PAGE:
Waste Not

English: A picture of compost soil

English: A picture of compost soil (Photo credit: Wikipedia)

Life cycles.  Birth, growth, maturity, fruitfulness, senescence, death, decay.  These are normally seen as joy followed by mourning.  Who doesn’t celebrate with that first green shoot poking through the soil, or the anticipation of a strong, young plant that is beginning to bud?  Not to mention the joy and enjoyment of fruitfulness – the point of the plant (as many would see it).   Likewise, there is always a sense of loss as a specific plant has finished yielding its fruit, and begins to wilt and fall to the ground and die.

The gardener, however, sees things a little bit differently.  That single plant was a part of something far greater, far older and far more significant.  The gardener knows that the compost they lovingly put in the garden prior to transplanting the young, vibrant plant came from other plants and fruit that had lived, grown and died – only to give new life to the next generation.  I guess a gardener who relies upon petroleum based fertilizers, and seed packets purchased from a local grocery/hardware/home improvement center – has little visceral understanding of this truth; but if you save your own seeds from the previous generation, and keep an active compost pile from all the “waste” from your garden and kitchen, you know that life lives on.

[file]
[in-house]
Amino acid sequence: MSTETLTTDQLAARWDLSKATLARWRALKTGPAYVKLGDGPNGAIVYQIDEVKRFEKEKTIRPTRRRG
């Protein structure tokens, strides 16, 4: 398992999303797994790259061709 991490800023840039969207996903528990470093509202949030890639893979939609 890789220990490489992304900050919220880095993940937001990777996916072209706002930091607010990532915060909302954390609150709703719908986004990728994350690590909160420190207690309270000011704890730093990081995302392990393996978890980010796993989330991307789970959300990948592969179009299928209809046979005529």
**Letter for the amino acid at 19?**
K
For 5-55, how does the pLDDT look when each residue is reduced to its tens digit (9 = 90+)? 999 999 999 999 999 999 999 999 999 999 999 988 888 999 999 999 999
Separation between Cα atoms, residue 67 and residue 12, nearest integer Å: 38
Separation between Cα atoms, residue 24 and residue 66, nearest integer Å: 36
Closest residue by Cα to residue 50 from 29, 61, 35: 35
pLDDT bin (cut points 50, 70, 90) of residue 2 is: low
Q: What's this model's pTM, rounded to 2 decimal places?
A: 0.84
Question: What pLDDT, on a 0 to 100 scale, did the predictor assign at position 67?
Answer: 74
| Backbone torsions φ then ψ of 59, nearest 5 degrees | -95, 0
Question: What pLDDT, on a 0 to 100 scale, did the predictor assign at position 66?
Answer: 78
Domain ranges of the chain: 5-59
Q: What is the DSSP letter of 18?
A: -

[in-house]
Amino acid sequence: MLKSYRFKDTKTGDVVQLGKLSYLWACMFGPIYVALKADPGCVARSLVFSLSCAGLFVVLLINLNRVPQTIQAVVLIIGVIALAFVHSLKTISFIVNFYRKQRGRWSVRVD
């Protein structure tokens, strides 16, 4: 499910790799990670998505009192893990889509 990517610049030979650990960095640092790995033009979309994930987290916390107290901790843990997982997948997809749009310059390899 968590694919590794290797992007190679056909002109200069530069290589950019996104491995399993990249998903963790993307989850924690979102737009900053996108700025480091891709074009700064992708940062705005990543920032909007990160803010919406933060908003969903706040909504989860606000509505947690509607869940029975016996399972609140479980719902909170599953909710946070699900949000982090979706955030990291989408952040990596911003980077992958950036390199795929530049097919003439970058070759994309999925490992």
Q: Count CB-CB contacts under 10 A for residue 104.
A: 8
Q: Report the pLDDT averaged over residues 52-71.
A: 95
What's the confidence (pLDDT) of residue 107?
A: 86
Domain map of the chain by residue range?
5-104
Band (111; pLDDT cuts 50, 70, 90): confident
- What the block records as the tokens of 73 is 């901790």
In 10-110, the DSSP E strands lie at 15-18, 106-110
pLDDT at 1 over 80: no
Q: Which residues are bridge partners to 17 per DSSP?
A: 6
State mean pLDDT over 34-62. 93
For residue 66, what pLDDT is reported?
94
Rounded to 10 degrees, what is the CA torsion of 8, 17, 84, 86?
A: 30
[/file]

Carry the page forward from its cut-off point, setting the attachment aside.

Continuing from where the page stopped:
Nothing is more healthy and life-giving than composted life.  No purchased seed packet enables you to hand-select the best of the best of each generations’ fruitfulness to pass on to the next.  Nothing supplies the needs of the young like the “waste” of the old.

Plants live and die, and in their death – they give new life to those that follow them.  You can do the same.  Honor those who have gone before, listen to the stories of their successes and failures and learn from their best and brightest moments – as well as their lessons learned the hard way.  Build into the generations that are coming along behind you, help them out as they are getting started.  Your trash might just be their treasure.

If a garden teaches you anything, it should be that nothing is wasted, nothing is useless.  All life is life-giving.

“I tell you the truth, unless a kernel of wheat falls to the ground and dies, it remains only a single seed.  But if it dies, it produces many seeds.” (-Jesus, John 12:24 NIV)

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